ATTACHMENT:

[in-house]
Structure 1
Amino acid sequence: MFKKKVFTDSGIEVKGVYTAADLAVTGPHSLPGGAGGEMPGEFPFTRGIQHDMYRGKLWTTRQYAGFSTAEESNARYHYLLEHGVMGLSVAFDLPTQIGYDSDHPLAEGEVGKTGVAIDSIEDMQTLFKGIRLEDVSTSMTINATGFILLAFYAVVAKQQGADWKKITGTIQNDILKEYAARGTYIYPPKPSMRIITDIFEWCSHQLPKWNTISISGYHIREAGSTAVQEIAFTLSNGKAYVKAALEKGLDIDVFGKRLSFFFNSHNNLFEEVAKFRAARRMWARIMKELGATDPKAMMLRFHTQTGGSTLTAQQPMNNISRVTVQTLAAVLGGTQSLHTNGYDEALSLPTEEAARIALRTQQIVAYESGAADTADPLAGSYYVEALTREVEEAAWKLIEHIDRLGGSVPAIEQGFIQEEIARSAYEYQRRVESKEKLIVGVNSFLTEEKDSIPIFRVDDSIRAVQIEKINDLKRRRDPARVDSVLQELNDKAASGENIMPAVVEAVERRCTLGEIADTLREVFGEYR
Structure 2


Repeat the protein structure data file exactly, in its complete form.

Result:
[in-house]
Structure 1
Amino acid sequence: MFKKKVFTDSGIEVKGVYTAADLAVTGPHSLPGGAGGEMPGEFPFTRGIQHDMYRGKLWTTRQYAGFSTAEESNARYHYLLEHGVMGLSVAFDLPTQIGYDSDHPLAEGEVGKTGVAIDSIEDMQTLFKGIRLEDVSTSMTINATGFILLAFYAVVAKQQGADWKKITGTIQNDILKEYAARGTYIYPPKPSMRIITDIFEWCSHQLPKWNTISISGYHIREAGSTAVQEIAFTLSNGKAYVKAALEKGLDIDVFGKRLSFFFNSHNNLFEEVAKFRAARRMWARIMKELGATDPKAMMLRFHTQTGGSTLTAQQPMNNISRVTVQTLAAVLGGTQSLHTNGYDEALSLPTEEAARIALRTQQIVAYESGAADTADPLAGSYYVEALTREVEEAAWKLIEHIDRLGGSVPAIEQGFIQEEIARSAYEYQRRVESKEKLIVGVNSFLTEEKDSIPIFRVDDSIRAVQIEKINDLKRRRDPARVDSVLQELNDKAASGENIMPAVVEAVERRCTLGEIADTLREVFGEYR
Structure 2